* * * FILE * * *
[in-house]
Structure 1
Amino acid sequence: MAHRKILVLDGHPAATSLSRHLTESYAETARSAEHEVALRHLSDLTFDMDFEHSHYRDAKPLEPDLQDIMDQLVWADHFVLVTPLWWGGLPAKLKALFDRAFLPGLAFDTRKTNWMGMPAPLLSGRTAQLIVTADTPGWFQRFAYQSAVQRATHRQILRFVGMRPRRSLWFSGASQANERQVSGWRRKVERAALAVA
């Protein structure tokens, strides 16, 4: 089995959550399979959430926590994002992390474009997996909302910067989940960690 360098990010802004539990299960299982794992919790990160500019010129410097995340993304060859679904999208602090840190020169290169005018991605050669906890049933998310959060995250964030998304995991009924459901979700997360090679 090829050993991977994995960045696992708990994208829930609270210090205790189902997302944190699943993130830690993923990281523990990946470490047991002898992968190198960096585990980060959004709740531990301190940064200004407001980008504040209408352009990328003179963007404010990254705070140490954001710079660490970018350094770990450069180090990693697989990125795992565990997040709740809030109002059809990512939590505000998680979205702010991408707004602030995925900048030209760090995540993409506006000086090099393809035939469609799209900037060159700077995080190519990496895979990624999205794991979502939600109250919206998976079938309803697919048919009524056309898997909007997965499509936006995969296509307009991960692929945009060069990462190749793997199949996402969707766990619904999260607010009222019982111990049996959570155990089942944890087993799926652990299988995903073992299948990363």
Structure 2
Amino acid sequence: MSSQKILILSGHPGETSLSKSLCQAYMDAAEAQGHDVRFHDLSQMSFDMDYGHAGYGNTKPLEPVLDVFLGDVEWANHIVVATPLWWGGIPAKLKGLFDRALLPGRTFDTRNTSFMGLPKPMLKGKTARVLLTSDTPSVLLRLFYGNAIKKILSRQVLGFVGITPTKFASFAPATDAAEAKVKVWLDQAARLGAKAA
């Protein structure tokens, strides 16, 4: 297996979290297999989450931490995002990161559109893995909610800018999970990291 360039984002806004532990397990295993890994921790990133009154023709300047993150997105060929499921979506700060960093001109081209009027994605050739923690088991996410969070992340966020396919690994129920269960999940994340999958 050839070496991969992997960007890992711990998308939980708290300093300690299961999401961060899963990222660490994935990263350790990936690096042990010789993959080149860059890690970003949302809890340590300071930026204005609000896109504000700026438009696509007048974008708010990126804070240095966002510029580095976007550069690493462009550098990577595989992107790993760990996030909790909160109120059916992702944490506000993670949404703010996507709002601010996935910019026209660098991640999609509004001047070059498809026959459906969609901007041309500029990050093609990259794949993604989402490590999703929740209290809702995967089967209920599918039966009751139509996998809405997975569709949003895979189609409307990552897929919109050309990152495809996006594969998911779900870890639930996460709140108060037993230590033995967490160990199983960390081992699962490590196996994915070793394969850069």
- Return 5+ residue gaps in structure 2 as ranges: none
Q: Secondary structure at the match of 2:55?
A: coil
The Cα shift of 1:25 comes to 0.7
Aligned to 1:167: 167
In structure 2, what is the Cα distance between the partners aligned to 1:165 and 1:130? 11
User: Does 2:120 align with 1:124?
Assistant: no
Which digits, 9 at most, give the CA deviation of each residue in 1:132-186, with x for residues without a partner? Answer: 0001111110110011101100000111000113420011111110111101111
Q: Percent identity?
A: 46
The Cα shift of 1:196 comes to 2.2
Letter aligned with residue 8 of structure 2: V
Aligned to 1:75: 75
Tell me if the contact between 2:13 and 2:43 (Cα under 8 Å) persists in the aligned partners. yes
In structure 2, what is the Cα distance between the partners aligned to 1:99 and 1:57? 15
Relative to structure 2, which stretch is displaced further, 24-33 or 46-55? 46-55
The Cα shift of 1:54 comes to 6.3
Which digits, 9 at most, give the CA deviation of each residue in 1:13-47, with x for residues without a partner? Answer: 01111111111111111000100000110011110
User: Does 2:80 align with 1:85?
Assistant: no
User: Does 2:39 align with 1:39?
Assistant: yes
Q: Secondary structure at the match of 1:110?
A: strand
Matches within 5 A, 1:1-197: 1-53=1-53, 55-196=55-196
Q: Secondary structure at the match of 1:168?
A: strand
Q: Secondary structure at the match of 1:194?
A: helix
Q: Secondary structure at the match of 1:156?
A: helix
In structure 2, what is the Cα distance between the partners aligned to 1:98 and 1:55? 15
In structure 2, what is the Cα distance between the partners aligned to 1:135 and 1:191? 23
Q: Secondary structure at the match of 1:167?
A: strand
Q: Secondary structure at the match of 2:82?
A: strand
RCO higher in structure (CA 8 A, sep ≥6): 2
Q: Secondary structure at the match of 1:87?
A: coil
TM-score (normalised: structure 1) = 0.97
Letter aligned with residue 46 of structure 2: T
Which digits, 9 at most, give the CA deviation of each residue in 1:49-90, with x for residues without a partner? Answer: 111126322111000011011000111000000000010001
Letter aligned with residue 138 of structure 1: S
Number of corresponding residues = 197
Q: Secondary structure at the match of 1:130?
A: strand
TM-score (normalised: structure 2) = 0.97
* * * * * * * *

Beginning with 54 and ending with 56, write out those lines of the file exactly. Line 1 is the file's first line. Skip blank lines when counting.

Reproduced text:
Q: Secondary structure at the match of 1:130?
A: strand
TM-score (normalised: structure 2) = 0.97